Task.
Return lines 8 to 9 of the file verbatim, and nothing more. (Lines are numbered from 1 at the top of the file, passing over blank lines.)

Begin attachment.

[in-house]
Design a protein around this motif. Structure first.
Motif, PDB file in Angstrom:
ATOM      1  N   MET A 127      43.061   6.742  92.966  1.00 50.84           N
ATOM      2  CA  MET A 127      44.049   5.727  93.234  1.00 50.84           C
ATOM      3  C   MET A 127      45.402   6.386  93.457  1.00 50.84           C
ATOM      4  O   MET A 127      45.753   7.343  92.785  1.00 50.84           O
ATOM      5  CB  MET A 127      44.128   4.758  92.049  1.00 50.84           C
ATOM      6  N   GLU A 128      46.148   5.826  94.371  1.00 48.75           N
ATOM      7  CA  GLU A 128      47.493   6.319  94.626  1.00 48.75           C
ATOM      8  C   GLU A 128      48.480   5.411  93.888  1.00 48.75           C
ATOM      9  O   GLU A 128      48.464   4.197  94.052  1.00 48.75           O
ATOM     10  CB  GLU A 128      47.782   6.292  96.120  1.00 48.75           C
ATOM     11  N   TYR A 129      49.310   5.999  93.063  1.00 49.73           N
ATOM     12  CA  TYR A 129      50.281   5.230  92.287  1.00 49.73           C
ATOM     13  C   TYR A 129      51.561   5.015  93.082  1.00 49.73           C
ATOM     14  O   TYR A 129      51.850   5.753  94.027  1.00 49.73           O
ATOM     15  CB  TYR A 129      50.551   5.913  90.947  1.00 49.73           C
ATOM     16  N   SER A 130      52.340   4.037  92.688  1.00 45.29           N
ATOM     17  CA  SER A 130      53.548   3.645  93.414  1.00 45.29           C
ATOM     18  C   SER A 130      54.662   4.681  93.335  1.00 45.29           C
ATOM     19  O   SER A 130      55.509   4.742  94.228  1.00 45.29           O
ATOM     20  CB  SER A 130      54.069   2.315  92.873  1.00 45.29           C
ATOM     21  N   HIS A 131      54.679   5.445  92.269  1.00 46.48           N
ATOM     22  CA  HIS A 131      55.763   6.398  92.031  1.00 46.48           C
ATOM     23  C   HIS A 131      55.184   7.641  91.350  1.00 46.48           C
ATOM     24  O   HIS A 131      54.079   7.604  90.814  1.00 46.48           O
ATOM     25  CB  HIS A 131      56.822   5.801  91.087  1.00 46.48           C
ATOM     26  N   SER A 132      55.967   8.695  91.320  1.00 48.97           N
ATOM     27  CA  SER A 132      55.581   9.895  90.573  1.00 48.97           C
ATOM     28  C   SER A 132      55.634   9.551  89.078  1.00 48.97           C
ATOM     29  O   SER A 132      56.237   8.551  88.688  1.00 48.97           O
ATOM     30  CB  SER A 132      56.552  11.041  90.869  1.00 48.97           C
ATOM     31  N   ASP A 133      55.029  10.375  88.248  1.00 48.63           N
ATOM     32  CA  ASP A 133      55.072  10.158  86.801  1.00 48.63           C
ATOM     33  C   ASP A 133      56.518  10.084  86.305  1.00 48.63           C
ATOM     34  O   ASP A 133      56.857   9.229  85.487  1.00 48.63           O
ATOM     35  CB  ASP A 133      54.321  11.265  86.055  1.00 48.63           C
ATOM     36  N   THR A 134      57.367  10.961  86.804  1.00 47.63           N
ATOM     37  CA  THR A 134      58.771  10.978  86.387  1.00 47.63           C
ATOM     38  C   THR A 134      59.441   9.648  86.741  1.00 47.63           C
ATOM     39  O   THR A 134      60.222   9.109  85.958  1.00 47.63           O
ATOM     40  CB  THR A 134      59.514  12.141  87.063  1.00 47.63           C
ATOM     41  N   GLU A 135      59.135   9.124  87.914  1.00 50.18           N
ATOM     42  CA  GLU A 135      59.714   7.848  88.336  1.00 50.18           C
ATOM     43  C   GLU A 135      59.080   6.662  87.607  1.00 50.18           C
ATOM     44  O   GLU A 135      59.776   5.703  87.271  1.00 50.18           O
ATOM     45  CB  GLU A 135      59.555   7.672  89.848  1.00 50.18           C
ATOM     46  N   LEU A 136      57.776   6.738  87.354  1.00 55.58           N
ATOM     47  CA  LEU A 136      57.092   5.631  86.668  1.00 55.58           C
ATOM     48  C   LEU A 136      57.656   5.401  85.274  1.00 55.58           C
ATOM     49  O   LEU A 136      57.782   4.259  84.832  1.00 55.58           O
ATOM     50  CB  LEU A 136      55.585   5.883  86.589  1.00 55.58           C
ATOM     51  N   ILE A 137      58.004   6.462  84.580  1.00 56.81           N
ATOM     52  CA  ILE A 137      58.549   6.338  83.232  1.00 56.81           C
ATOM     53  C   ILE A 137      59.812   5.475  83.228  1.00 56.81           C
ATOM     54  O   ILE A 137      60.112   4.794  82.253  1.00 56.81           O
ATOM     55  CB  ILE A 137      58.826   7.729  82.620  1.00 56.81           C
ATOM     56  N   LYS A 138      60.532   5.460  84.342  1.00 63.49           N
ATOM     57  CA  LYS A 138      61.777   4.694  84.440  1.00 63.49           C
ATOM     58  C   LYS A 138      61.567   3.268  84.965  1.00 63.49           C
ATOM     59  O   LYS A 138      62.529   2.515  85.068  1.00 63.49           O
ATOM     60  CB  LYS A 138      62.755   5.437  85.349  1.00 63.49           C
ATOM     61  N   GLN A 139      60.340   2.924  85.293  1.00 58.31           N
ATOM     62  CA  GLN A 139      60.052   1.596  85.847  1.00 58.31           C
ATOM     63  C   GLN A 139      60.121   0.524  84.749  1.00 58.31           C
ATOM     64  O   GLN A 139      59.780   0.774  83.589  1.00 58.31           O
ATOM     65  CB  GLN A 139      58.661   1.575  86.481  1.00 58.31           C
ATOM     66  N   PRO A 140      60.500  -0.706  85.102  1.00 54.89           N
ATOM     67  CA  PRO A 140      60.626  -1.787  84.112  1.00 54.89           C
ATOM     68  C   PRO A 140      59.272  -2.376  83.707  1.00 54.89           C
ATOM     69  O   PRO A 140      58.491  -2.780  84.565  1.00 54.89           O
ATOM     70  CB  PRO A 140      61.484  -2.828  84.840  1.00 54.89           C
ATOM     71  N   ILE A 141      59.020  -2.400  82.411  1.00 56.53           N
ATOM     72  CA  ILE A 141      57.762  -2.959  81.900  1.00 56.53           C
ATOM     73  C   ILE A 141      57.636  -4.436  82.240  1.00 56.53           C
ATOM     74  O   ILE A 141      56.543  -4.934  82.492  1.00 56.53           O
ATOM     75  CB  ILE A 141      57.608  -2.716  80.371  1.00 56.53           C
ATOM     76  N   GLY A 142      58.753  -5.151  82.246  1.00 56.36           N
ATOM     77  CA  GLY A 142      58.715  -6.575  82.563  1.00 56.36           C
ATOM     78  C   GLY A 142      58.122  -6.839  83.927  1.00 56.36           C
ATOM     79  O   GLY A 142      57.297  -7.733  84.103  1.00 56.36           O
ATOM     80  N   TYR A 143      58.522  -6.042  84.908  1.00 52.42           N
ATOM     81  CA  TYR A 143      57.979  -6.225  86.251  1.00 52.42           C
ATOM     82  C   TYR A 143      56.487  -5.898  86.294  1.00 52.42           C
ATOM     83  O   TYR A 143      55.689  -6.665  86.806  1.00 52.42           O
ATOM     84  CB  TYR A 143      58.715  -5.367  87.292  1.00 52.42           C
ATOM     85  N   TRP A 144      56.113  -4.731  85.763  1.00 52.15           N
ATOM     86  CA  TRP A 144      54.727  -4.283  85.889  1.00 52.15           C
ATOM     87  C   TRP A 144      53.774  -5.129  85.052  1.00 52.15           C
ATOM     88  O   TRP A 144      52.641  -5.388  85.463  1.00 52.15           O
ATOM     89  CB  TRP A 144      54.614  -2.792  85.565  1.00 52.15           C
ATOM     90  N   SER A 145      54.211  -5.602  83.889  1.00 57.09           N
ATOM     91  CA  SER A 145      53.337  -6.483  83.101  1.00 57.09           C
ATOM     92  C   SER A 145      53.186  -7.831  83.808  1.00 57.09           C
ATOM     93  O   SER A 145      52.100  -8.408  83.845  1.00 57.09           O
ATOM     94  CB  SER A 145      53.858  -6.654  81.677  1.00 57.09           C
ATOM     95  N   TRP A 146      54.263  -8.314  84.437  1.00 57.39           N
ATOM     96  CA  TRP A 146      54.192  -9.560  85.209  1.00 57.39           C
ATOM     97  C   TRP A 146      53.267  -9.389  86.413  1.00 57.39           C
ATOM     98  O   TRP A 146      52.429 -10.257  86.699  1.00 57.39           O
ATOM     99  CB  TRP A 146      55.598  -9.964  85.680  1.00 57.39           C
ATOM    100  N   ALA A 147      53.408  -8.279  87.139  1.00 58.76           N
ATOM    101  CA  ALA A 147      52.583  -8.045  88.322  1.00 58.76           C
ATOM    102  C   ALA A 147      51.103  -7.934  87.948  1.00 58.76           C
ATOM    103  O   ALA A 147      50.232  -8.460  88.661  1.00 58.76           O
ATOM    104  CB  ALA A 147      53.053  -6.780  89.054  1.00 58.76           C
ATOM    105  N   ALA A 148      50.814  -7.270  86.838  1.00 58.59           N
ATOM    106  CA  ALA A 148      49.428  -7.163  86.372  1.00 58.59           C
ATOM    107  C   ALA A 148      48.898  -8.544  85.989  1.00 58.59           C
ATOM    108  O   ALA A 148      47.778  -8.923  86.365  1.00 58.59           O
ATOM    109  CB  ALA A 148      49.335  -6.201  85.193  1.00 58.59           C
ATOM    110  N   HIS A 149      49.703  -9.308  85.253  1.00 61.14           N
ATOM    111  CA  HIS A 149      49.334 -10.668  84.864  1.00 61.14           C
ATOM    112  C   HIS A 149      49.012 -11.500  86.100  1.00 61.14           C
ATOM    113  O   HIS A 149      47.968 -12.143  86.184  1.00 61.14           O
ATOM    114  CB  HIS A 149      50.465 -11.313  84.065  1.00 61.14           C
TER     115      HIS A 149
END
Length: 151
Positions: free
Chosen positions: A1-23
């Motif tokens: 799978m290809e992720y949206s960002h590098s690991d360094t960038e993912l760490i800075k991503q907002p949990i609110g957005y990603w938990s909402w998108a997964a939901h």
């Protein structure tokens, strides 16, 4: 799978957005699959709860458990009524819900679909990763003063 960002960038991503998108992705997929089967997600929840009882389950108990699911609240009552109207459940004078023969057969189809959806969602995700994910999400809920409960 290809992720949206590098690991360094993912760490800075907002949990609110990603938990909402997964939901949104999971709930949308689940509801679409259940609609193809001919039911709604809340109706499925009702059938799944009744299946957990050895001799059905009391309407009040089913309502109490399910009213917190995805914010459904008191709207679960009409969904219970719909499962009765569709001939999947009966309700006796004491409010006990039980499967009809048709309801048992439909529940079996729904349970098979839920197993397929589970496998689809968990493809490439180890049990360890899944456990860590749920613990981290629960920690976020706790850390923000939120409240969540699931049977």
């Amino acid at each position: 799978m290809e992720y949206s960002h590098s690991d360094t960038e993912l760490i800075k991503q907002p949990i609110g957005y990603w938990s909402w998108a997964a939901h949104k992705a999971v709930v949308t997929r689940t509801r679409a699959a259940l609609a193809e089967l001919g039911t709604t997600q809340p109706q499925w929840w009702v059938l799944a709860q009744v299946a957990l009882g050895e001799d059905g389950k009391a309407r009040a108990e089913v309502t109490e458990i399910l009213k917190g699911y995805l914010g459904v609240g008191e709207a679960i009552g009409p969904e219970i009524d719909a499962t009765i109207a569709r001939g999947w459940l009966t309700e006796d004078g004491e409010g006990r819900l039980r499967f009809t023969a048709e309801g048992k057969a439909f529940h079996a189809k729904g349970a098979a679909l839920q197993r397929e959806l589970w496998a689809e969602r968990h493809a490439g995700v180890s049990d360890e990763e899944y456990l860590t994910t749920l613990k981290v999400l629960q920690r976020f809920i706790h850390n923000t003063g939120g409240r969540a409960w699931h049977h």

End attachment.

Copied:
ATOM      5  CB  MET A 127      44.128   4.758  92.049  1.00 50.84           C
ATOM      6  N   GLU A 128      46.148   5.826  94.371  1.00 48.75           N